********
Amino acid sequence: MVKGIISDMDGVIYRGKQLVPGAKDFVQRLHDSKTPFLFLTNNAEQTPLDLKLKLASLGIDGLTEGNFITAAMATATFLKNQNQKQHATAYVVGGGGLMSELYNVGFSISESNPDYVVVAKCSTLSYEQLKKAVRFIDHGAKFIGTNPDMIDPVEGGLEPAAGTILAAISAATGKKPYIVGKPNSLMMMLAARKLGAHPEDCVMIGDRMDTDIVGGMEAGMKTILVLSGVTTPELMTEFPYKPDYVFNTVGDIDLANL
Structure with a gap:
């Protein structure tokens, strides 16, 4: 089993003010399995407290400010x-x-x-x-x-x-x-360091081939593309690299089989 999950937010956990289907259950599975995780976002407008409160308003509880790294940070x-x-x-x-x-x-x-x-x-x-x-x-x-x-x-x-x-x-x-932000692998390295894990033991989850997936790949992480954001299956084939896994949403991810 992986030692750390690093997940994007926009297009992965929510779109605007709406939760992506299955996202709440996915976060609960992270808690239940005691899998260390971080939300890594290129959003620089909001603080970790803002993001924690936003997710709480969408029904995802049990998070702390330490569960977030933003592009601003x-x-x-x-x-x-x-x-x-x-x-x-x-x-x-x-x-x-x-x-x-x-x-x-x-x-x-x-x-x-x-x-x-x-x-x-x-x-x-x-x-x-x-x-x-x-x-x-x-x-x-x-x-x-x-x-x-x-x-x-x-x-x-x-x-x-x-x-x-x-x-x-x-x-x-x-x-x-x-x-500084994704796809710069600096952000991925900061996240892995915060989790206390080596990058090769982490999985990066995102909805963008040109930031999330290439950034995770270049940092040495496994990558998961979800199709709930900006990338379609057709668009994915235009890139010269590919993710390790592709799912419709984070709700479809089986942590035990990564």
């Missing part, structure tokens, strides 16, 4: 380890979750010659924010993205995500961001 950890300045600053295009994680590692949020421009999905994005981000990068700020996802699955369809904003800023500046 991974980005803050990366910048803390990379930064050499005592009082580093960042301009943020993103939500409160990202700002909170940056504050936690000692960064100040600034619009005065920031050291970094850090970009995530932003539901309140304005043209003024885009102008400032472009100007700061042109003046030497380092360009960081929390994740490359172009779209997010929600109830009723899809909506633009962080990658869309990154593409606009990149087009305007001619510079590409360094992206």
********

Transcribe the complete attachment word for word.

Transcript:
Amino acid sequence: MVKGIISDMDGVIYRGKQLVPGAKDFVQRLHDSKTPFLFLTNNAEQTPLDLKLKLASLGIDGLTEGNFITAAMATATFLKNQNQKQHATAYVVGGGGLMSELYNVGFSISESNPDYVVVAKCSTLSYEQLKKAVRFIDHGAKFIGTNPDMIDPVEGGLEPAAGTILAAISAATGKKPYIVGKPNSLMMMLAARKLGAHPEDCVMIGDRMDTDIVGGMEAGMKTILVLSGVTTPELMTEFPYKPDYVFNTVGDIDLANL
Structure with a gap:
């Protein structure tokens, strides 16, 4: 089993003010399995407290400010x-x-x-x-x-x-x-360091081939593309690299089989 999950937010956990289907259950599975995780976002407008409160308003509880790294940070x-x-x-x-x-x-x-x-x-x-x-x-x-x-x-x-x-x-x-932000692998390295894990033991989850997936790949992480954001299956084939896994949403991810 992986030692750390690093997940994007926009297009992965929510779109605007709406939760992506299955996202709440996915976060609960992270808690239940005691899998260390971080939300890594290129959003620089909001603080970790803002993001924690936003997710709480969408029904995802049990998070702390330490569960977030933003592009601003x-x-x-x-x-x-x-x-x-x-x-x-x-x-x-x-x-x-x-x-x-x-x-x-x-x-x-x-x-x-x-x-x-x-x-x-x-x-x-x-x-x-x-x-x-x-x-x-x-x-x-x-x-x-x-x-x-x-x-x-x-x-x-x-x-x-x-x-x-x-x-x-x-x-x-x-x-x-x-x-500084994704796809710069600096952000991925900061996240892995915060989790206390080596990058090769982490999985990066995102909805963008040109930031999330290439950034995770270049940092040495496994990558998961979800199709709930900006990338379609057709668009994915235009890139010269590919993710390790592709799912419709984070709700479809089986942590035990990564």
């Missing part, structure tokens, strides 16, 4: 380890979750010659924010993205995500961001 950890300045600053295009994680590692949020421009999905994005981000990068700020996802699955369809904003800023500046 991974980005803050990366910048803390990379930064050499005592009082580093960042301009943020993103939500409160990202700002909170940056504050936690000692960064100040600034619009005065920031050291970094850090970009995530932003539901309140304005043209003024885009102008400032472009100007700061042109003046030497380092360009960081929390994740490359172009779209997010929600109830009723899809909506633009962080990658869309990154593409606009990149087009305007001619510079590409360094992206």